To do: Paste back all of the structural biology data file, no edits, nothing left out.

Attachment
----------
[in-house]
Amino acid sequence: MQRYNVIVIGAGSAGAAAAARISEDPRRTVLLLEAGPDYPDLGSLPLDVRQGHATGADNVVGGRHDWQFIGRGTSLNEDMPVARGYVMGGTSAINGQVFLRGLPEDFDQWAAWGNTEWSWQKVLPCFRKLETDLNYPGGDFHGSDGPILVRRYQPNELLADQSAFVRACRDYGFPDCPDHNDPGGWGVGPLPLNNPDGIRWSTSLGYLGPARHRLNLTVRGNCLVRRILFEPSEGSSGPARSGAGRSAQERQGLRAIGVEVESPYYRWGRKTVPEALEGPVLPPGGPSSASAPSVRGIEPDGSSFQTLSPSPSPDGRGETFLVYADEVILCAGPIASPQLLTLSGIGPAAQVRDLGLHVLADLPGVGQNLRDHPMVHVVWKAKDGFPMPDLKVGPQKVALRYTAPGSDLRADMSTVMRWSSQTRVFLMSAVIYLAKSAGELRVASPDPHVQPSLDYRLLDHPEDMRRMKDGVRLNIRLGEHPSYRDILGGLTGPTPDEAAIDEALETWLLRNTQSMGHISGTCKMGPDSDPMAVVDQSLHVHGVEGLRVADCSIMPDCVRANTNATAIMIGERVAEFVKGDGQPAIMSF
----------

[in-house]
Amino acid sequence: MQRYNVIVIGAGSAGAAAAARISEDPRRTVLLLEAGPDYPDLGSLPLDVRQGHATGADNVVGGRHDWQFIGRGTSLNEDMPVARGYVMGGTSAINGQVFLRGLPEDFDQWAAWGNTEWSWQKVLPCFRKLETDLNYPGGDFHGSDGPILVRRYQPNELLADQSAFVRACRDYGFPDCPDHNDPGGWGVGPLPLNNPDGIRWSTSLGYLGPARHRLNLTVRGNCLVRRILFEPSEGSSGPARSGAGRSAQERQGLRAIGVEVESPYYRWGRKTVPEALEGPVLPPGGPSSASAPSVRGIEPDGSSFQTLSPSPSPDGRGETFLVYADEVILCAGPIASPQLLTLSGIGPAAQVRDLGLHVLADLPGVGQNLRDHPMVHVVWKAKDGFPMPDLKVGPQKVALRYTAPGSDLRADMSTVMRWSSQTRVFLMSAVIYLAKSAGELRVASPDPHVQPSLDYRLLDHPEDMRRMKDGVRLNIRLGEHPSYRDILGGLTGPTPDEAAIDEALETWLLRNTQSMGHISGTCKMGPDSDPMAVVDQSLHVHGVEGLRVADCSIMPDCVRANTNATAIMIGERVAEFVKGDGQPAIMSF